Koboi Balik Kampung (2013)

Koboi Balik Kampung, Readymade Rockmount Western Shirt, 2013. Permanent Collection of the National Visual Art Gallery, Kuala Lumpur. (The image above is from an installation and performance at the National Visual Art Gallery in 2018).

The Koboi Balik Kampung (2013) Readymade from the permanent collection of the National Visual Art Gallery in KL is currently on display at the gallery. This item was a residual artifact from a performance at the Aliran Semasa symposium held at the gallery in 2013. This performance marked my Malaysian homecoming after ten years away in Western Canada.

I appeared at the event wearing a brand-new Rockmount Western shirt with tags intact. As the symposium began, my mother the late Sathiavathy Deva Rajah was invited on stage, to give me a traditional Indian/ Hindu blessing by placing chanthanam (sandalwood paste) and kunggumum (red turmeric powder) on my forehead. Then, facing the audience, I remove the shirt, draped it on a pre-installed hanger at the back of the stage and my mother consecrated it with the same chanthanam and kunggumum. The shirt was left hanging for the duration of the symposium and then presented to the gallery.

A version of the Performance was repeated in an intervention when the item was on show for the first time as a selection from the collection of the National Visual Art Gallery in 2018. My Mother and I were stopped from renewing the markings on the shirt by a curator and a conservator from the gallery. We debated notions of completion of an art work, ownership of an artwork, the artist’s rights to modify an artwork, the extensive conservational bureaucracy that encompases a work of art in a National collection and the effects of all of these on the state of an art work (is it active or is it inert, alive or dead!). Mother and I proceed with the portion of our ritual that did not interfere with what is now the property of the gallery. The image above was captured by my daughter Durga Rajah during this performance.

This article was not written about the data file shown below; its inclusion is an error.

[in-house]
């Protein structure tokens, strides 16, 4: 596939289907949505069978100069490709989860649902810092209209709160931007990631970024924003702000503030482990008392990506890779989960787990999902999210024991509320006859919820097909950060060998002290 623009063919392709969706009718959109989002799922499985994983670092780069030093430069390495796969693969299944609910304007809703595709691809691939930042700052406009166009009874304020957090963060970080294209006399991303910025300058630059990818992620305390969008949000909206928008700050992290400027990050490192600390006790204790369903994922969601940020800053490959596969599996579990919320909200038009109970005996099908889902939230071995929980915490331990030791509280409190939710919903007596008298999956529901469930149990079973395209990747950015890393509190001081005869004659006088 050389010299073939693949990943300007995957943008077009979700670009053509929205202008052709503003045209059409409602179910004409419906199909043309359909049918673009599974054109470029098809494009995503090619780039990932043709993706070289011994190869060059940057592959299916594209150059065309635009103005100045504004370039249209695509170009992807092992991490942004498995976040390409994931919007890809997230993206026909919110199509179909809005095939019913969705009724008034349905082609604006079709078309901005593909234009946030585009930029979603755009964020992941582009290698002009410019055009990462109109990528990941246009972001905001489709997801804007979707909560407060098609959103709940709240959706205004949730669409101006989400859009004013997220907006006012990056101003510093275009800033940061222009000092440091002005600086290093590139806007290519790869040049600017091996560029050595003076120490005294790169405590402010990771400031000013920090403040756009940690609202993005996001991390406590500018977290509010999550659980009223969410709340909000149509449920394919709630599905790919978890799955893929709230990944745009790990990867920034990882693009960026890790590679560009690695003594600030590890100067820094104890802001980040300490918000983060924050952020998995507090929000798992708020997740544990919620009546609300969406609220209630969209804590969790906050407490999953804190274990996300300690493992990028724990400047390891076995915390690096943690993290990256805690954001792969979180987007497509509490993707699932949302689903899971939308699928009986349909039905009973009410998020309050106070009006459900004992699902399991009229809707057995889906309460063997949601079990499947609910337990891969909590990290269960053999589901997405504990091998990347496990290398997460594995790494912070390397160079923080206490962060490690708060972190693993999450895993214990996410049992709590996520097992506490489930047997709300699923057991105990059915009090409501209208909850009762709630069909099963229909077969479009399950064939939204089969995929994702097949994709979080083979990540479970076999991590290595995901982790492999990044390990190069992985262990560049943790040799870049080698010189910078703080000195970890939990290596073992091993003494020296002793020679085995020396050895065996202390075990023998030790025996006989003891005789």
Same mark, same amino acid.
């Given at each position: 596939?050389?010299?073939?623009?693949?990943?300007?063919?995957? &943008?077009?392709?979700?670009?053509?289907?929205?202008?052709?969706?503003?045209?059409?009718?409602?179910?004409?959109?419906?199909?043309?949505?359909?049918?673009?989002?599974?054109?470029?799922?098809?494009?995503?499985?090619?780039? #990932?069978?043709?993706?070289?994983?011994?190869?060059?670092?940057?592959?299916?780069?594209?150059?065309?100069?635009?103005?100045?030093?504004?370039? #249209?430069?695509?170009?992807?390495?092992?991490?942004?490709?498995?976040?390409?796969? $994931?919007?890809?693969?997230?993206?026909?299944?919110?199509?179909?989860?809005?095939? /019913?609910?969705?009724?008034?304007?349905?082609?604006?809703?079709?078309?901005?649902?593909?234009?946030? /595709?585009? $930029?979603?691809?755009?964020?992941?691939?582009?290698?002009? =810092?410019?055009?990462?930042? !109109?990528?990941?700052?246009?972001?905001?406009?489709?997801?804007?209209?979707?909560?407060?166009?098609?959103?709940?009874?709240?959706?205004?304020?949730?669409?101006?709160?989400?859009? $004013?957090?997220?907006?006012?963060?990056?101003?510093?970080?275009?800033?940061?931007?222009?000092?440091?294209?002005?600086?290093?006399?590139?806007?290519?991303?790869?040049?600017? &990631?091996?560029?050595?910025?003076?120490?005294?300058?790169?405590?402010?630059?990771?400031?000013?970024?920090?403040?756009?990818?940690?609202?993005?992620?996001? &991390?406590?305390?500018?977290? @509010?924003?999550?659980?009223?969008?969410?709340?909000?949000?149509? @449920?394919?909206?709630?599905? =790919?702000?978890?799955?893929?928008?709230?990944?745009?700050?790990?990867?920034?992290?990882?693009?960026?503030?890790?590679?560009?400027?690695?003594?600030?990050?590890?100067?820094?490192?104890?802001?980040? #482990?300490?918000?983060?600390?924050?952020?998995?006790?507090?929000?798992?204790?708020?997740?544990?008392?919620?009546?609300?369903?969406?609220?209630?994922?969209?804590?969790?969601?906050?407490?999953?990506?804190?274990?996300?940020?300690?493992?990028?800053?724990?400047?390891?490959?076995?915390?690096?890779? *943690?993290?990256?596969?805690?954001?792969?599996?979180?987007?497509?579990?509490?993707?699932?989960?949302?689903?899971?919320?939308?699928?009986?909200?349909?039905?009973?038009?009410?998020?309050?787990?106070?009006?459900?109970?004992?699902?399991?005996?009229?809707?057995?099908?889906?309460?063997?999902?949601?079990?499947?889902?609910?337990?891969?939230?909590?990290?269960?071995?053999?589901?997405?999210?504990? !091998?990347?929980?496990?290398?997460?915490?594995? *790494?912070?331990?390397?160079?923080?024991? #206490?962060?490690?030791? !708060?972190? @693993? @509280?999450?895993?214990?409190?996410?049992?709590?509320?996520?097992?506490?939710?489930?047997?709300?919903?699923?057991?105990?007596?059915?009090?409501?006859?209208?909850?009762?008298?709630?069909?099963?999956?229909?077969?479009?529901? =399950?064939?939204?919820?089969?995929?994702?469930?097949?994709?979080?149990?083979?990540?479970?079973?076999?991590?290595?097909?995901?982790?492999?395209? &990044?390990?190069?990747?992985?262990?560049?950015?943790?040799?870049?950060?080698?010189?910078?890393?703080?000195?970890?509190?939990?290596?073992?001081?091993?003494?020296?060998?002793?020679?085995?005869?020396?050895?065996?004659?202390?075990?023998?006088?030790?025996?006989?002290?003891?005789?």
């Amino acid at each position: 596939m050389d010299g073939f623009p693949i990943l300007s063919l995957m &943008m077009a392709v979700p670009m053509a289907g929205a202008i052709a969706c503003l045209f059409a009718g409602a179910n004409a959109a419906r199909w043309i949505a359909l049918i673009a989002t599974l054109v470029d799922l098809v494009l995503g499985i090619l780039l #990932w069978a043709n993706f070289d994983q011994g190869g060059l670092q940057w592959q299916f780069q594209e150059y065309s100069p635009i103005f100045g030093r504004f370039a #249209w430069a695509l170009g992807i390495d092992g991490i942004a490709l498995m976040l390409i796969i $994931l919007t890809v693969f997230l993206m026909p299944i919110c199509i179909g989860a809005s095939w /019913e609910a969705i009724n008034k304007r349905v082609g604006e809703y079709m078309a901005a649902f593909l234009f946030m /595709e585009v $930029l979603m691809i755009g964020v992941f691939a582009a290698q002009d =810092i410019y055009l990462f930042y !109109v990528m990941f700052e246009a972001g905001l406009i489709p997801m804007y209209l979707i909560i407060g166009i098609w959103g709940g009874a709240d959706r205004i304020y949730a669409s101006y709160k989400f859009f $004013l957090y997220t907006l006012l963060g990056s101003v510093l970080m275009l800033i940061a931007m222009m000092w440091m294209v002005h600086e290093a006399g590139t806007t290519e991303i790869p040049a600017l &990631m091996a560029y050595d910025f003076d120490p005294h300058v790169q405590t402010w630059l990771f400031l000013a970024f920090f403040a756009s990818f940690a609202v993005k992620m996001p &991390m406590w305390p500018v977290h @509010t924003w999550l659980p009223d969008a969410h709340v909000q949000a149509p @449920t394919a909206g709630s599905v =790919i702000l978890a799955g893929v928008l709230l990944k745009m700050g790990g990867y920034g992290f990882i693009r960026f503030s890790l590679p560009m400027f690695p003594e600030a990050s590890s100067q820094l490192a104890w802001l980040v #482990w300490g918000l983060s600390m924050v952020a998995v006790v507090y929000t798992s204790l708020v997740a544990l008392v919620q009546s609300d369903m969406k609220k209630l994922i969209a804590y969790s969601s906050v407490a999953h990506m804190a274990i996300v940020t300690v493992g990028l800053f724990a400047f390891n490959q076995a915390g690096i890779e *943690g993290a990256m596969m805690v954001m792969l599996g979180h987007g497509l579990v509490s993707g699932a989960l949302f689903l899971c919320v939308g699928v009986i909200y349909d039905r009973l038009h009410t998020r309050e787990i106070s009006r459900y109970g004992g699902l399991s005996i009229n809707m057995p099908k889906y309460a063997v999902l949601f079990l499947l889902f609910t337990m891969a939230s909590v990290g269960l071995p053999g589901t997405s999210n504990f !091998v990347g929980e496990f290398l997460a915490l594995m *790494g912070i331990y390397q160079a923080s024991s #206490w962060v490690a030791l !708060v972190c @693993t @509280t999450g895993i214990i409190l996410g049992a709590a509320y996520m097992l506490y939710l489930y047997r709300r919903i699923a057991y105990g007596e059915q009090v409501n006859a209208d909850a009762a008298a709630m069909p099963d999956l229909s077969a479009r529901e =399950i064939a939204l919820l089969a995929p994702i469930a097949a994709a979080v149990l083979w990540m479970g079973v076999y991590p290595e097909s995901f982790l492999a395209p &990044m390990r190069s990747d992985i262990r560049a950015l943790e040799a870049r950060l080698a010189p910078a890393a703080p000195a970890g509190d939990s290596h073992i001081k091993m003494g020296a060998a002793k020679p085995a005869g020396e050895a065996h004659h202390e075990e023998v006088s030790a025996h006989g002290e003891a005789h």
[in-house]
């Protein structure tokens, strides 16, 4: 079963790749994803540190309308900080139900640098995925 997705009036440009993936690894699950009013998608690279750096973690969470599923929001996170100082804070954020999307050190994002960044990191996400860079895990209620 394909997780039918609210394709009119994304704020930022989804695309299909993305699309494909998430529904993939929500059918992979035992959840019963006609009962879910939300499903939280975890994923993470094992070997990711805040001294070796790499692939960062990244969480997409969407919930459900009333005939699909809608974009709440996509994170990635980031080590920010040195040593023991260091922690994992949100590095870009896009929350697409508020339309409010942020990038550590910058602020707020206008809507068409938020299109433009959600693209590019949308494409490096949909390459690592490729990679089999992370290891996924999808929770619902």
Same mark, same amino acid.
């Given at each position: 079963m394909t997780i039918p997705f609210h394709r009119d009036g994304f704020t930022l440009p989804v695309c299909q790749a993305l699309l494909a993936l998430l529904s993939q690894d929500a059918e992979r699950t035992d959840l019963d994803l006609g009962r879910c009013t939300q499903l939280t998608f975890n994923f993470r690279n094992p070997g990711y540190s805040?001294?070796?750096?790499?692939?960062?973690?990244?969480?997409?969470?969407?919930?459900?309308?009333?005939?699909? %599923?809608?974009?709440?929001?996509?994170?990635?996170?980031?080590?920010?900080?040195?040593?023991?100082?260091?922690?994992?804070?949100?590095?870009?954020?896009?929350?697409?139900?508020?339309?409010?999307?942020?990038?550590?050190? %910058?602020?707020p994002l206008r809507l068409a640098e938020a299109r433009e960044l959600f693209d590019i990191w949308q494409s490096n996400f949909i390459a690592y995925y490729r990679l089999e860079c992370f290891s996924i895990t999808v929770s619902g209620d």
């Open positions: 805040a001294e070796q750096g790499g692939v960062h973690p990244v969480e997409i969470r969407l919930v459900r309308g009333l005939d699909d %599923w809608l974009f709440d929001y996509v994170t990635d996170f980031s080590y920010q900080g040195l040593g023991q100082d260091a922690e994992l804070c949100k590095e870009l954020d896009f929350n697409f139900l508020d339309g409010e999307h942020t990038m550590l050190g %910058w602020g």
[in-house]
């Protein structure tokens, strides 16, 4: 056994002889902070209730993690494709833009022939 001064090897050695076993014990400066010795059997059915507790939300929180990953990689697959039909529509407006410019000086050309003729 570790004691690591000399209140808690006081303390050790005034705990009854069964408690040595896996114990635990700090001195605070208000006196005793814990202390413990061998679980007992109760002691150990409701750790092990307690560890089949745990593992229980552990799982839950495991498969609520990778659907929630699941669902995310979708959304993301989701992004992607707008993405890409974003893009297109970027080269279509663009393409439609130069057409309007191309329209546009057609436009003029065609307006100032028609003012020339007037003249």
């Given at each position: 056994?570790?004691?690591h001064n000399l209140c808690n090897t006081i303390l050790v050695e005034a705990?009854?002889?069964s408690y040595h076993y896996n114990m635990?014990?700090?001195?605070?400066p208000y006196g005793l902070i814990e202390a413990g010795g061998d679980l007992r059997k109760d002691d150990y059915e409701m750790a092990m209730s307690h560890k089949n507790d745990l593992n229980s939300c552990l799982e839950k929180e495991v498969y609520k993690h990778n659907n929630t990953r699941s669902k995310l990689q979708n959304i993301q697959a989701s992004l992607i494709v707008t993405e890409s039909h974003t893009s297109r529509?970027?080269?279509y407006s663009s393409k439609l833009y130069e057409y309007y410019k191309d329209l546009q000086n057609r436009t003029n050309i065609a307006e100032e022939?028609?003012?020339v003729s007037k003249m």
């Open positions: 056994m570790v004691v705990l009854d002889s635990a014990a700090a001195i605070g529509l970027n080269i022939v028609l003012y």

Telinga Keling (1999)

Telinga Keling, Silver Halide Print, Niranjan Rajah, 1999. Permanent Collection of the National Visual Art Gallery, Kuala Lumpur

Telinga Keling (1999) is in the collection of the National Visual Art Gallery in KL. It is currently on display again in a selection from the collection. ‘Keling’ is a today taken as a derogatory term for ‘Indian’ although, from its etymology, it is clear that this was not always so. The items obscuring my ears in the image are Malay sweets which are colloquially referred to as ‘Telinga Keling’ (Indian Ears). More formally and publicly, given our multi-racial Malaysian society, these cakes are referred to as called ‘penyaram’ or ‘denderam’. Ironically, this Telinga Keling sweet is quite likely to be of Indian origin. My mother used to make something that tastes exactly the same that we call it ‘athirasam’

The idea of the piece is that I can engage the Malay viewers regarding this juncture of ‘sweetness’ and ‘derision’ while excluding the others, who would likely be unfamiliar with its colloquial name. Of course, there’ll be some Indians who know, particularly those from Kelantan where the sweet is prevalent, but empirically speaking, during the opening of its inaugural exhibition in Kuala Lumpur, the Indians had no idea and kept asking, ‘Why did you insult yourself in this work? ’, The Malays, however, smiled and nodded in acknowledgement.

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